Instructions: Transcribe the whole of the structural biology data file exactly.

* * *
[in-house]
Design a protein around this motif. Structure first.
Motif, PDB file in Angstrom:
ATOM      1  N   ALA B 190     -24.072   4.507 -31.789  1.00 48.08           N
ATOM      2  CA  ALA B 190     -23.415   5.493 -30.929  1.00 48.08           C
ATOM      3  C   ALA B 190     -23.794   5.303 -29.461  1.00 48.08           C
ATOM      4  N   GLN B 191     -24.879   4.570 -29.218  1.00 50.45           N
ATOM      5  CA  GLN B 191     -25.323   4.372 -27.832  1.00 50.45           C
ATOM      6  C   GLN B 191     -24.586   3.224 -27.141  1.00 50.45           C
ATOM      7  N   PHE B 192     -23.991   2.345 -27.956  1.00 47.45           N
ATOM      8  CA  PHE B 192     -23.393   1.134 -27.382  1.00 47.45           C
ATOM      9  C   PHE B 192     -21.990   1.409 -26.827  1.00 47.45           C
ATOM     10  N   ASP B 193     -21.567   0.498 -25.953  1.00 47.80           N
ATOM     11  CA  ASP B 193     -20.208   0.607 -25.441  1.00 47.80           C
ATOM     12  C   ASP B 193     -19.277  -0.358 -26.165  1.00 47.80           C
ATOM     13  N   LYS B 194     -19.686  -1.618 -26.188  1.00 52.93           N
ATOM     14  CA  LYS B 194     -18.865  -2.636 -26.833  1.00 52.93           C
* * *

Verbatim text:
[in-house]
Design a protein around this motif. Structure first.
Motif, PDB file in Angstrom:
ATOM      1  N   ALA B 190     -24.072   4.507 -31.789  1.00 48.08           N
ATOM      2  CA  ALA B 190     -23.415   5.493 -30.929  1.00 48.08           C
ATOM      3  C   ALA B 190     -23.794   5.303 -29.461  1.00 48.08           C
ATOM      4  N   GLN B 191     -24.879   4.570 -29.218  1.00 50.45           N
ATOM      5  CA  GLN B 191     -25.323   4.372 -27.832  1.00 50.45           C
ATOM      6  C   GLN B 191     -24.586   3.224 -27.141  1.00 50.45           C
ATOM      7  N   PHE B 192     -23.991   2.345 -27.956  1.00 47.45           N
ATOM      8  CA  PHE B 192     -23.393   1.134 -27.382  1.00 47.45           C
ATOM      9  C   PHE B 192     -21.990   1.409 -26.827  1.00 47.45           C
ATOM     10  N   ASP B 193     -21.567   0.498 -25.953  1.00 47.80           N
ATOM     11  CA  ASP B 193     -20.208   0.607 -25.441  1.00 47.80           C
ATOM     12  C   ASP B 193     -19.277  -0.358 -26.165  1.00 47.80           C
ATOM     13  N   LYS B 194     -19.686  -1.618 -26.188  1.00 52.93           N
ATOM     14  CA  LYS B 194     -18.865  -2.636 -26.833  1.00 52.93           C